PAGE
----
Where do you suppose this rocky, jagged peak is located? Sierra Nevada? The French Alps? The Himalayas? Actually this craggy mountain is located much, much farther away than any of those Earthly ranges (although it’s currently getting closer by the day) – this is a peak on the 4-km-wide nucleus of Comet 67P/Churyumov-Gerasimenko, imaged by ESA’s orbiting Rosetta spacecraft 435 million km away!
I wonder when ski season opens?
The image above was acquired with Rosetta’s OSIRIS instrument on Sept. 5, 2014 from a distance of only 62 km (38.5 miles). That’s about 1/7th the altitude of the International Space Station! It’s a crop of a larger and even more impressive view of the comet’s nucleus, seen below:
Check out those boulders! Look at those shadows! Incredible.
The left part of the image shows a side view of the comet’s “body” while the right is the back of its “head.” One pixel corresponds to 1.1 meters (3.6 feet).
The OSIRIS (Optical, Spectroscopic, and Infrared Remote Imaging System) instrument is Rosetta’s main imager, consisting of a narrow-angle and a wide-angle camera. It will be used extensively to study the surface of Comet 67P/C-G as Rosetta continues to orbit it during its voyage toward the Sun. Read more on OSIRIS here.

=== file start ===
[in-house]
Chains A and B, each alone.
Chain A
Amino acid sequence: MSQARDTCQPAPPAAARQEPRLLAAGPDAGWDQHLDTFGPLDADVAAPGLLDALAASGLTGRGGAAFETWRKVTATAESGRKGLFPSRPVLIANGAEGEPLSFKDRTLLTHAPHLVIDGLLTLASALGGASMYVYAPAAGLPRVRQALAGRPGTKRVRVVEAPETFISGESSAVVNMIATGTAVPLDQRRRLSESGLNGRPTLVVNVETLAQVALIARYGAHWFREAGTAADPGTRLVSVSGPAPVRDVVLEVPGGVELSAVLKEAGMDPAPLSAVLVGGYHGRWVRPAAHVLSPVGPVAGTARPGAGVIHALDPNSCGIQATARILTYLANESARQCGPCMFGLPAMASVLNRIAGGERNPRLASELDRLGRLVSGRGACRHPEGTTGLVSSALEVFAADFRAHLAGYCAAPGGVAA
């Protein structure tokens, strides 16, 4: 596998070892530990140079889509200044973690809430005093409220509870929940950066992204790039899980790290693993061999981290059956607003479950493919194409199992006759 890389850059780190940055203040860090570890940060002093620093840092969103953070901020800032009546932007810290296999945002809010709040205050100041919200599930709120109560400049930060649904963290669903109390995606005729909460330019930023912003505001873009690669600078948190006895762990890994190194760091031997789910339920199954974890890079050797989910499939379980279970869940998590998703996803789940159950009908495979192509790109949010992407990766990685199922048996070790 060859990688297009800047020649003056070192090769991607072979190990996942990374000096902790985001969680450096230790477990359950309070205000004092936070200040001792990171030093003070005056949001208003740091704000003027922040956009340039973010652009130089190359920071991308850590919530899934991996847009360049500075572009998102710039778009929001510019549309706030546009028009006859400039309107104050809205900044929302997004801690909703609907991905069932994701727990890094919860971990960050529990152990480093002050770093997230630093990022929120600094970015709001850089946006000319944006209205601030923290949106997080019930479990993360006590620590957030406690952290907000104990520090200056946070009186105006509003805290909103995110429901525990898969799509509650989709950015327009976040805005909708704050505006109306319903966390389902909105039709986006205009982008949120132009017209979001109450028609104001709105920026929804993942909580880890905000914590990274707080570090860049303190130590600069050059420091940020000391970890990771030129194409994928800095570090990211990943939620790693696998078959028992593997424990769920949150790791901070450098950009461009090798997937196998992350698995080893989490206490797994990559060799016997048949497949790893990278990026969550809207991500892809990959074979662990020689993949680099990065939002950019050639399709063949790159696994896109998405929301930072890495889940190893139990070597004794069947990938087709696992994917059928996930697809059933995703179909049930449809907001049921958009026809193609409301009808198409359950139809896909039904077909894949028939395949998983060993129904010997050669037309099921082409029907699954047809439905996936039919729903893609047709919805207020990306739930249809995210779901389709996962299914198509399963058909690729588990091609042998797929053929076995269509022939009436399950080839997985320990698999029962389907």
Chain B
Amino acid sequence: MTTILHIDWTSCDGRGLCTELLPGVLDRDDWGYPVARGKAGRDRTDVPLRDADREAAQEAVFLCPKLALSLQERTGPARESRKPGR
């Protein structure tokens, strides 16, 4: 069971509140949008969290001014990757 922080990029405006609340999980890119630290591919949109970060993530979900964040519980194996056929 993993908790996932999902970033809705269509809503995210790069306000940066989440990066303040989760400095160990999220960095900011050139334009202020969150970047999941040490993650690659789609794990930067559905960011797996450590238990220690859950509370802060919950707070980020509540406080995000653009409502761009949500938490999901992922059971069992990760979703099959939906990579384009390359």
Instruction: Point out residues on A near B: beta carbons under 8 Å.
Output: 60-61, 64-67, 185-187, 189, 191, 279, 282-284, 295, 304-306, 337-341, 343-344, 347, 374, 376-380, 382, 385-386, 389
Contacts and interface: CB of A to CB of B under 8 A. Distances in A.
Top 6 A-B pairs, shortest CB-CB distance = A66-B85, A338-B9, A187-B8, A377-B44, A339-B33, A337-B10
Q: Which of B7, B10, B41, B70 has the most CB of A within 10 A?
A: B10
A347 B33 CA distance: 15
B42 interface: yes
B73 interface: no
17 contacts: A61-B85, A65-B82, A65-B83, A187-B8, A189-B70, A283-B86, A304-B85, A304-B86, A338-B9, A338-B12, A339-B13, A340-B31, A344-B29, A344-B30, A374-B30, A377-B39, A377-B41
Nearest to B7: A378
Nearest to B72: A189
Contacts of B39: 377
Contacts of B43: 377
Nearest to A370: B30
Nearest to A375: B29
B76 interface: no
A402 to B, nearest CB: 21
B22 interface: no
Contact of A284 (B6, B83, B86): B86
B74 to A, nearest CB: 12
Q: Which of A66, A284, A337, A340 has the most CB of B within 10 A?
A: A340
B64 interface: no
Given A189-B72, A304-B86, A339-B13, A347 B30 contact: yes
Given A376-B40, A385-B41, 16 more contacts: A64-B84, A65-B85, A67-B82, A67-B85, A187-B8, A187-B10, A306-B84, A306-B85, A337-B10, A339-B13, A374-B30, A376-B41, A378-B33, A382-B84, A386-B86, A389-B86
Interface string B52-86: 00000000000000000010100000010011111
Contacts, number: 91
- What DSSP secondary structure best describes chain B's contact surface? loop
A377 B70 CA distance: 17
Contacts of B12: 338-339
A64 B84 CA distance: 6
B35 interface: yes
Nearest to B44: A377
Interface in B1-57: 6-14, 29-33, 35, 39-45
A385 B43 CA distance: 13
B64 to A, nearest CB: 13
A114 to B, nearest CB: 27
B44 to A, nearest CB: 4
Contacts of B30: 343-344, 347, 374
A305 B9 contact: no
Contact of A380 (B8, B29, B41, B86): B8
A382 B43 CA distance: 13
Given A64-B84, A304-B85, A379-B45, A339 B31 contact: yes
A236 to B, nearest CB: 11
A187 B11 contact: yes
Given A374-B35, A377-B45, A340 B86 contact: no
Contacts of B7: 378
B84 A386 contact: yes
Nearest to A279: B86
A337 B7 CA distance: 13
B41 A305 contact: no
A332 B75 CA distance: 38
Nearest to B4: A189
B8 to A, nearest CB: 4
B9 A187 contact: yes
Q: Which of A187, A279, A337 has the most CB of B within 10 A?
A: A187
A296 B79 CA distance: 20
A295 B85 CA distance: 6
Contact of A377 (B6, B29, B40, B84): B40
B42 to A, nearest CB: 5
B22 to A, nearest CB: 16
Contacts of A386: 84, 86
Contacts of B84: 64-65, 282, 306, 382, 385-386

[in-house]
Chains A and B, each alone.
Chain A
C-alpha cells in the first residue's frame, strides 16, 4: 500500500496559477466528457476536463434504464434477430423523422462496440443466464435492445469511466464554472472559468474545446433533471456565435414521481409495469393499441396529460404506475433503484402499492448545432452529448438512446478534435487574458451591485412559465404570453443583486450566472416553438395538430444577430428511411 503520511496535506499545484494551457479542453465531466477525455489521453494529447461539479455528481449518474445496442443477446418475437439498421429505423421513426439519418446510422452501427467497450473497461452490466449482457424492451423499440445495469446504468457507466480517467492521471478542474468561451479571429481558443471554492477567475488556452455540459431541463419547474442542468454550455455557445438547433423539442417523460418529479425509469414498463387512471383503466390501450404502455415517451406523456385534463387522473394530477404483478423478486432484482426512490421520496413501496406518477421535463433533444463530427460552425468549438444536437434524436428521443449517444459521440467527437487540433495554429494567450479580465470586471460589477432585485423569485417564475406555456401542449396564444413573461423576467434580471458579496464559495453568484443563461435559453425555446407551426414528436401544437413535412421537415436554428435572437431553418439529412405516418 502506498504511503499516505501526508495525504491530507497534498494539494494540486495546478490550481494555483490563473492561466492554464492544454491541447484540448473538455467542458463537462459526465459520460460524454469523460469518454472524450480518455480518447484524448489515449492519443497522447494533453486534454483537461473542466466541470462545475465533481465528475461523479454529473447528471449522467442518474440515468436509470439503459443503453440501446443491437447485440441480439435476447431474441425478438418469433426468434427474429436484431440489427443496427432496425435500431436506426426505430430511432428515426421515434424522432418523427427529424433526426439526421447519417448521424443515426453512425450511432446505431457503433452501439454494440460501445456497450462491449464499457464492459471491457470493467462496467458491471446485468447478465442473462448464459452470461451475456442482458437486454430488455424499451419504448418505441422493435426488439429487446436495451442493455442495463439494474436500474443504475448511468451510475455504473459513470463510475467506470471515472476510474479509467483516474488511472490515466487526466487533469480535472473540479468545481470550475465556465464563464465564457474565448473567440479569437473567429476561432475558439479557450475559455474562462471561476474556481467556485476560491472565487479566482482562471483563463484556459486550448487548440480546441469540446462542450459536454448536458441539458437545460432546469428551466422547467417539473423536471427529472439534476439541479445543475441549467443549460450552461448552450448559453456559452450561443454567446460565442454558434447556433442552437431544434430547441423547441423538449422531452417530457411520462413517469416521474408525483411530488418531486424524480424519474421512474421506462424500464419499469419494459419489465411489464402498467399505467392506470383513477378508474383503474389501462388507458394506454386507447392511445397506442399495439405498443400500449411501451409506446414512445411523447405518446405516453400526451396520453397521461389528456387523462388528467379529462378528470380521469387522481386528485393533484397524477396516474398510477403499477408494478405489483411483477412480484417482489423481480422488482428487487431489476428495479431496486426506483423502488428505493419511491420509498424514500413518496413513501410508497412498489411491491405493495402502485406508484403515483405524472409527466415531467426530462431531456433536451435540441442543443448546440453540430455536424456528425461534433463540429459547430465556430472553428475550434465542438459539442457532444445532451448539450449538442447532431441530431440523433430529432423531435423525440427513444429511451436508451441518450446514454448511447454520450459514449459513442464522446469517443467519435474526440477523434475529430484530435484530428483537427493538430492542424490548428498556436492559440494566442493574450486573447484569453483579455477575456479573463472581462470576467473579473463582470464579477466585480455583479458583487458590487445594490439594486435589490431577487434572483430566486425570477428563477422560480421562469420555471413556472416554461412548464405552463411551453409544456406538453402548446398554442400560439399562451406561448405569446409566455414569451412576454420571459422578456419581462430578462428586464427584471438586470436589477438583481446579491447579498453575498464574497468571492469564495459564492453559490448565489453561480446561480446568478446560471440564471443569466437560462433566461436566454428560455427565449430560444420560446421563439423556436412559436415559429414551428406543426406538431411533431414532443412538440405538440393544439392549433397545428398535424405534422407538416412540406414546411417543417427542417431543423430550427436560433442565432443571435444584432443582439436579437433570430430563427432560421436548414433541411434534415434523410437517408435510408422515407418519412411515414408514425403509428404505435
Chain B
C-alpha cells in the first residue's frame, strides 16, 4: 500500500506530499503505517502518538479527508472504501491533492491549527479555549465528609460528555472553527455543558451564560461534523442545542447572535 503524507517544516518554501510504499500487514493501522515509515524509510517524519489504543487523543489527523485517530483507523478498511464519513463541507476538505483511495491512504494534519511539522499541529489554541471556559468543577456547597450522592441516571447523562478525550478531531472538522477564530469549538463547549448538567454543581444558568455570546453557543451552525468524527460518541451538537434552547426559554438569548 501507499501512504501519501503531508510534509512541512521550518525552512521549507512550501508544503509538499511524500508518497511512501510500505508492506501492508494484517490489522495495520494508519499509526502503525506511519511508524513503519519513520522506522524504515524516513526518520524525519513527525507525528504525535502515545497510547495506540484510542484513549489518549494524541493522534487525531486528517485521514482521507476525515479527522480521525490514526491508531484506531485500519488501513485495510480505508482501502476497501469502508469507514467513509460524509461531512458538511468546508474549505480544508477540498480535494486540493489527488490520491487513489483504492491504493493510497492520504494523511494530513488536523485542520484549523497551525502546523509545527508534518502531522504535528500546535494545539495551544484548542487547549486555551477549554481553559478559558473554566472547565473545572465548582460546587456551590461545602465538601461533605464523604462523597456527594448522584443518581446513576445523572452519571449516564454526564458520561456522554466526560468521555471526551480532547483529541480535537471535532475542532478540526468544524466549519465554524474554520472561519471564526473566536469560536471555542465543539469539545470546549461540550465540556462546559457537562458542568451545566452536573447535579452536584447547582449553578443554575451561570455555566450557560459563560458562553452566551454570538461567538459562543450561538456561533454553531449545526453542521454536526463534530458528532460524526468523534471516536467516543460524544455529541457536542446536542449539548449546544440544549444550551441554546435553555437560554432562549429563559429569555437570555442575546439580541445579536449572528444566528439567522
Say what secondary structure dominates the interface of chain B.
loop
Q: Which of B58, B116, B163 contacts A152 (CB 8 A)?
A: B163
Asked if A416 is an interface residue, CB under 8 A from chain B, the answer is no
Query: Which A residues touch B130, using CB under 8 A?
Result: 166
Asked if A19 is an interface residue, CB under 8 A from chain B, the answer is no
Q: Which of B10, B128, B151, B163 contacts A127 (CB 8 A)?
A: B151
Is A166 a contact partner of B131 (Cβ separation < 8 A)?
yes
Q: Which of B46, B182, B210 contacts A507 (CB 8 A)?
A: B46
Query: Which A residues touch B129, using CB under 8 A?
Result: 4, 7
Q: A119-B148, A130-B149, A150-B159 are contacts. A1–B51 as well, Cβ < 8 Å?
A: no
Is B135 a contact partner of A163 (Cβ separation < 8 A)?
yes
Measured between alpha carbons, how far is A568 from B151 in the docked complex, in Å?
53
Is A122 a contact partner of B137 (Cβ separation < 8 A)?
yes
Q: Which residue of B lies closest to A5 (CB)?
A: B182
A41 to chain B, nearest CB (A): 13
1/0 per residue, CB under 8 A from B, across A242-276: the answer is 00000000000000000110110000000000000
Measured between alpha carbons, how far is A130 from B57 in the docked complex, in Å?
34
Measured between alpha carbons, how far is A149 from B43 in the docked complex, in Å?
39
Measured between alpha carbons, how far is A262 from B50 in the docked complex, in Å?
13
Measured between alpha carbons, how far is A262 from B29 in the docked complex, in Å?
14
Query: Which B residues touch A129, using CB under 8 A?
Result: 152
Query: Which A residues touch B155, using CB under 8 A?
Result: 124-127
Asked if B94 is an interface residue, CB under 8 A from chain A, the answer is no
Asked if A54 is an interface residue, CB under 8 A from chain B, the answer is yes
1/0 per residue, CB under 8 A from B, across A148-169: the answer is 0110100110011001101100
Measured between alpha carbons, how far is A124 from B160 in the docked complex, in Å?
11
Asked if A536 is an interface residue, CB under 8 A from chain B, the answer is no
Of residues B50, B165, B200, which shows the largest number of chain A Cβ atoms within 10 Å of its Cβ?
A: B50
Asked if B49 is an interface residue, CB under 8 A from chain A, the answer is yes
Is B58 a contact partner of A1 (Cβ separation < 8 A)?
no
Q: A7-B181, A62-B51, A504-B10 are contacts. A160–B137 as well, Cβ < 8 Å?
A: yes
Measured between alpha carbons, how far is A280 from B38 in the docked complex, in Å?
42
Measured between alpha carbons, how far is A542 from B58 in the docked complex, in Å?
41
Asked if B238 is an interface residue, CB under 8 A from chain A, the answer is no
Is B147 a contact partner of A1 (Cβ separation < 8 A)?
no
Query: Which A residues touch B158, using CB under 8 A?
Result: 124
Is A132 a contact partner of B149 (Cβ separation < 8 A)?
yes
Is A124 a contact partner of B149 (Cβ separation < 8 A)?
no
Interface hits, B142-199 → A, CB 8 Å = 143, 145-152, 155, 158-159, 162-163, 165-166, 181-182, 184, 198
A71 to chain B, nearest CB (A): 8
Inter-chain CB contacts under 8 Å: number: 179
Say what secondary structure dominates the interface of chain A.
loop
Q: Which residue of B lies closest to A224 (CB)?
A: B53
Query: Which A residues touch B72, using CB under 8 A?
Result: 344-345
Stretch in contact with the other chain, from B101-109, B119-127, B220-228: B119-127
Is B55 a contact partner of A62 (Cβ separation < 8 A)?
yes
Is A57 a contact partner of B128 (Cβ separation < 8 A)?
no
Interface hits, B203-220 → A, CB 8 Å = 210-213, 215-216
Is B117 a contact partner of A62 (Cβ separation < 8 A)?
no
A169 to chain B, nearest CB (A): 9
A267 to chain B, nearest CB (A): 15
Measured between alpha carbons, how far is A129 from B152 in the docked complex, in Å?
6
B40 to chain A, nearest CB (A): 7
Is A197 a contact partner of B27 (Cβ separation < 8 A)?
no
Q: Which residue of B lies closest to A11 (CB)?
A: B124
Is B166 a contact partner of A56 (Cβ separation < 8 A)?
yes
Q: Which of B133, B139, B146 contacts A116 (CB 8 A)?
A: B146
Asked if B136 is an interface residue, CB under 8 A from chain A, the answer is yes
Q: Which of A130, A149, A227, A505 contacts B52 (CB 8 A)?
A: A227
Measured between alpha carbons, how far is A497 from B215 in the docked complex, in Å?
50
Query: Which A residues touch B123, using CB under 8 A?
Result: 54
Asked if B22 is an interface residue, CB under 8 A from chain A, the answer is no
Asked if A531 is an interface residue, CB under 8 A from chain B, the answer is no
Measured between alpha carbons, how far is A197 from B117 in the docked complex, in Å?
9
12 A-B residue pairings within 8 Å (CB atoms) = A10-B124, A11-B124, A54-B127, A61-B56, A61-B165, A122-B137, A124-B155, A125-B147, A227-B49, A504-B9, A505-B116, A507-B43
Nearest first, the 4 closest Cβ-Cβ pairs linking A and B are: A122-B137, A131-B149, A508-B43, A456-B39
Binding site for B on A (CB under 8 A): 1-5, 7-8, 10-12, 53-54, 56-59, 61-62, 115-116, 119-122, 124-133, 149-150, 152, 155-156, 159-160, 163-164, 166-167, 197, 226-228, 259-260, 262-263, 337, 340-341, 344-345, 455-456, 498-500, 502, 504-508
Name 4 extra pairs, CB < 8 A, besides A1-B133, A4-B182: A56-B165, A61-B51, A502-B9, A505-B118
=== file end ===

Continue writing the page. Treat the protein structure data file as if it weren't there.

Currently Rosetta is being transitioned to its Global Mapping Phase (GMP), an incredibly intensive process that will determine how close it will come to the surface of the comet as it searches for the best place to deploy the Philae lander in November.
“The aim of GMP is to get as close as we can and gather as high-res science data as we can to best characterize the potential landing sites – helping us to make the best decision on prime and backup and really start to understand what kind of thing we’re dealing with,” said Fred Jansen, ESA’s Rosetta Mission Manager. “It’s a real synthesis of operations, science and analysis that is a first in many ways.”
Rosetta will descend to about 30 km (18 miles) from 67P, but could be brought even closer if the conditions are right – as close as 9.8km (6 miles) in October!
Read more on the ESA Rosetta blog here.
Phalie’ landing may show us whether the season is open, or, not…!
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